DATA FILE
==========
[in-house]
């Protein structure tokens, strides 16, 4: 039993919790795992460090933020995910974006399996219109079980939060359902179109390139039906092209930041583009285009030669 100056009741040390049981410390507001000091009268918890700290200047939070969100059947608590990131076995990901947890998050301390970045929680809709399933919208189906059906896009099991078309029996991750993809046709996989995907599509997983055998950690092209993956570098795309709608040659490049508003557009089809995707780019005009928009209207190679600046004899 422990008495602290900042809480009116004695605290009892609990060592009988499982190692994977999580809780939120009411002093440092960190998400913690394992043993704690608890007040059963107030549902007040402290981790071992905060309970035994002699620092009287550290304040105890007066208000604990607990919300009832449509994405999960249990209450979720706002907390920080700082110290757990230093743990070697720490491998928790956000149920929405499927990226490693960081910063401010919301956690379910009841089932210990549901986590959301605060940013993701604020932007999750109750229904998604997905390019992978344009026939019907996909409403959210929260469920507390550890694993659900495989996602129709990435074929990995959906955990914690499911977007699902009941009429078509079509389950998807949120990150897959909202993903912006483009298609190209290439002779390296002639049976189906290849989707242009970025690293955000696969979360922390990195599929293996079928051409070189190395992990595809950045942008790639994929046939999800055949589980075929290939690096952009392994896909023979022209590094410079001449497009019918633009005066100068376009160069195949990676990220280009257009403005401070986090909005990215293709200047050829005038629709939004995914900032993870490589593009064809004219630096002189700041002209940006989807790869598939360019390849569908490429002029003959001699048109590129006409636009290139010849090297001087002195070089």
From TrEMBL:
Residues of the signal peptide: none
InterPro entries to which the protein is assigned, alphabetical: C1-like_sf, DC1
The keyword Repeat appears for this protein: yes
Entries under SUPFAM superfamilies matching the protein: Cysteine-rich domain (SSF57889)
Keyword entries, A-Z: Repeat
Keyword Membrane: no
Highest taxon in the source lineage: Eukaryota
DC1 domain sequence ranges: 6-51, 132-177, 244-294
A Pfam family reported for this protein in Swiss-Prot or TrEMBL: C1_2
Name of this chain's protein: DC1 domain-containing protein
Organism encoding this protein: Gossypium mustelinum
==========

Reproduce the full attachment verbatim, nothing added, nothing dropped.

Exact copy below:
[in-house]
């Protein structure tokens, strides 16, 4: 039993919790795992460090933020995910974006399996219109079980939060359902179109390139039906092209930041583009285009030669 100056009741040390049981410390507001000091009268918890700290200047939070969100059947608590990131076995990901947890998050301390970045929680809709399933919208189906059906896009099991078309029996991750993809046709996989995907599509997983055998950690092209993956570098795309709608040659490049508003557009089809995707780019005009928009209207190679600046004899 422990008495602290900042809480009116004695605290009892609990060592009988499982190692994977999580809780939120009411002093440092960190998400913690394992043993704690608890007040059963107030549902007040402290981790071992905060309970035994002699620092009287550290304040105890007066208000604990607990919300009832449509994405999960249990209450979720706002907390920080700082110290757990230093743990070697720490491998928790956000149920929405499927990226490693960081910063401010919301956690379910009841089932210990549901986590959301605060940013993701604020932007999750109750229904998604997905390019992978344009026939019907996909409403959210929260469920507390550890694993659900495989996602129709990435074929990995959906955990914690499911977007699902009941009429078509079509389950998807949120990150897959909202993903912006483009298609190209290439002779390296002639049976189906290849989707242009970025690293955000696969979360922390990195599929293996079928051409070189190395992990595809950045942008790639994929046939999800055949589980075929290939690096952009392994896909023979022209590094410079001449497009019918633009005066100068376009160069195949990676990220280009257009403005401070986090909005990215293709200047050829005038629709939004995914900032993870490589593009064809004219630096002189700041002209940006989807790869598939360019390849569908490429002029003959001699048109590129006409636009290139010849090297001087002195070089």
From TrEMBL:
Residues of the signal peptide: none
InterPro entries to which the protein is assigned, alphabetical: C1-like_sf, DC1
The keyword Repeat appears for this protein: yes
Entries under SUPFAM superfamilies matching the protein: Cysteine-rich domain (SSF57889)
Keyword entries, A-Z: Repeat
Keyword Membrane: no
Highest taxon in the source lineage: Eukaryota
DC1 domain sequence ranges: 6-51, 132-177, 244-294
A Pfam family reported for this protein in Swiss-Prot or TrEMBL: C1_2
Name of this chain's protein: DC1 domain-containing protein
Organism encoding this protein: Gossypium mustelinum